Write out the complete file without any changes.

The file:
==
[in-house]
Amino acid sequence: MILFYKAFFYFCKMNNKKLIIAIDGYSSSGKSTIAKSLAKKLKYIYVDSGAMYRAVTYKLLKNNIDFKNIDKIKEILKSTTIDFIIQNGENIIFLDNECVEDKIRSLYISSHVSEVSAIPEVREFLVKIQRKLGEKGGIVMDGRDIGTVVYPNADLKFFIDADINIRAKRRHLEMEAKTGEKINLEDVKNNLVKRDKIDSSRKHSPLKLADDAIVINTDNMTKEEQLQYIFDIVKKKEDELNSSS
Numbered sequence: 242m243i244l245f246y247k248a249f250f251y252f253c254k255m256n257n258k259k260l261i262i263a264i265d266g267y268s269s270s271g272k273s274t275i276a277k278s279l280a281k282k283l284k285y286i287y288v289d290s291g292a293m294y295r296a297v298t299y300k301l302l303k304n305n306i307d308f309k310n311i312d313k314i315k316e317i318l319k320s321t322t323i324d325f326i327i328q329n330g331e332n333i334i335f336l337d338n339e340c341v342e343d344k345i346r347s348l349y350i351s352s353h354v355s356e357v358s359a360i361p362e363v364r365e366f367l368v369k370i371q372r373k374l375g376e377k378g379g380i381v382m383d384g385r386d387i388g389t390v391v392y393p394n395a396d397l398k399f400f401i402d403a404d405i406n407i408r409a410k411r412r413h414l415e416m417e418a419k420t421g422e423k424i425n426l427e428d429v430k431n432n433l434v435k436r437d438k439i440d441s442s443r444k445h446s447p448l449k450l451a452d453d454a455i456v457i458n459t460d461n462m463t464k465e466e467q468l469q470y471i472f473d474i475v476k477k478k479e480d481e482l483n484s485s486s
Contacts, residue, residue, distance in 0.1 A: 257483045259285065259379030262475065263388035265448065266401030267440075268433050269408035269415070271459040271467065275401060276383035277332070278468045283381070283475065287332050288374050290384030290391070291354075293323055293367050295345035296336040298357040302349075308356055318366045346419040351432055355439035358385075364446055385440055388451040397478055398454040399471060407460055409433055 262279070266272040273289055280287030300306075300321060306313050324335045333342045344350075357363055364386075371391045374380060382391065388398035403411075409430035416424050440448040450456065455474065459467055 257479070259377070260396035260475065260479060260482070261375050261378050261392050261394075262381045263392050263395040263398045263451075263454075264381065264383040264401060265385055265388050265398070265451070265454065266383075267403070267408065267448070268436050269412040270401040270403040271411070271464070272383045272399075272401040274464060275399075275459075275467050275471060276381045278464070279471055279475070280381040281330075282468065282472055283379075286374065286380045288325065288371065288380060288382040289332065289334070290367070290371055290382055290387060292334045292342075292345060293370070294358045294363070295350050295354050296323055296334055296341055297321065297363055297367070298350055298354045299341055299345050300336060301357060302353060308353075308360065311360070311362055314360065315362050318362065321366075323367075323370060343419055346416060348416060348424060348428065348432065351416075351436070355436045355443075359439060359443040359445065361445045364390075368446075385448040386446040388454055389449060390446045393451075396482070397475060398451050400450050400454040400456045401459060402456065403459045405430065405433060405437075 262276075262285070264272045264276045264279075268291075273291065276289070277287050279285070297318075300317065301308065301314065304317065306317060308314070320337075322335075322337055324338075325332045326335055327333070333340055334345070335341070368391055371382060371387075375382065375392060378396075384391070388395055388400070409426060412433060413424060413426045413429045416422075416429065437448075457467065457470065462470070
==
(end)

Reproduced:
[in-house]
Amino acid sequence: MILFYKAFFYFCKMNNKKLIIAIDGYSSSGKSTIAKSLAKKLKYIYVDSGAMYRAVTYKLLKNNIDFKNIDKIKEILKSTTIDFIIQNGENIIFLDNECVEDKIRSLYISSHVSEVSAIPEVREFLVKIQRKLGEKGGIVMDGRDIGTVVYPNADLKFFIDADINIRAKRRHLEMEAKTGEKINLEDVKNNLVKRDKIDSSRKHSPLKLADDAIVINTDNMTKEEQLQYIFDIVKKKEDELNSSS
Numbered sequence: 242m243i244l245f246y247k248a249f250f251y252f253c254k255m256n257n258k259k260l261i262i263a264i265d266g267y268s269s270s271g272k273s274t275i276a277k278s279l280a281k282k283l284k285y286i287y288v289d290s291g292a293m294y295r296a297v298t299y300k301l302l303k304n305n306i307d308f309k310n311i312d313k314i315k316e317i318l319k320s321t322t323i324d325f326i327i328q329n330g331e332n333i334i335f336l337d338n339e340c341v342e343d344k345i346r347s348l349y350i351s352s353h354v355s356e357v358s359a360i361p362e363v364r365e366f367l368v369k370i371q372r373k374l375g376e377k378g379g380i381v382m383d384g385r386d387i388g389t390v391v392y393p394n395a396d397l398k399f400f401i402d403a404d405i406n407i408r409a410k411r412r413h414l415e416m417e418a419k420t421g422e423k424i425n426l427e428d429v430k431n432n433l434v435k436r437d438k439i440d441s442s443r444k445h446s447p448l449k450l451a452d453d454a455i456v457i458n459t460d461n462m463t464k465e466e467q468l469q470y471i472f473d474i475v476k477k478k479e480d481e482l483n484s485s486s
Contacts, residue, residue, distance in 0.1 A: 257483045259285065259379030262475065263388035265448065266401030267440075268433050269408035269415070271459040271467065275401060276383035277332070278468045283381070283475065287332050288374050290384030290391070291354075293323055293367050295345035296336040298357040302349075308356055318366045346419040351432055355439035358385075364446055385440055388451040397478055398454040399471060407460055409433055 262279070266272040273289055280287030300306075300321060306313050324335045333342045344350075357363055364386075371391045374380060382391065388398035403411075409430035416424050440448040450456065455474065459467055 257479070259377070260396035260475065260479060260482070261375050261378050261392050261394075262381045263392050263395040263398045263451075263454075264381065264383040264401060265385055265388050265398070265451070265454065266383075267403070267408065267448070268436050269412040270401040270403040271411070271464070272383045272399075272401040274464060275399075275459075275467050275471060276381045278464070279471055279475070280381040281330075282468065282472055283379075286374065286380045288325065288371065288380060288382040289332065289334070290367070290371055290382055290387060292334045292342075292345060293370070294358045294363070295350050295354050296323055296334055296341055297321065297363055297367070298350055298354045299341055299345050300336060301357060302353060308353075308360065311360070311362055314360065315362050318362065321366075323367075323370060343419055346416060348416060348424060348428065348432065351416075351436070355436045355443075359439060359443040359445065361445045364390075368446075385448040386446040388454055389449060390446045393451075396482070397475060398451050400450050400454040400456045401459060402456065403459045405430065405433060405437075 262276075262285070264272045264276045264279075268291075273291065276289070277287050279285070297318075300317065301308065301314065304317065306317060308314070320337075322335075322337055324338075325332045326335055327333070333340055334345070335341070368391055371382060371387075375382065375392060378396075384391070388395055388400070409426060412433060413424060413426045413429045416422075416429065437448075457467065457470065462470070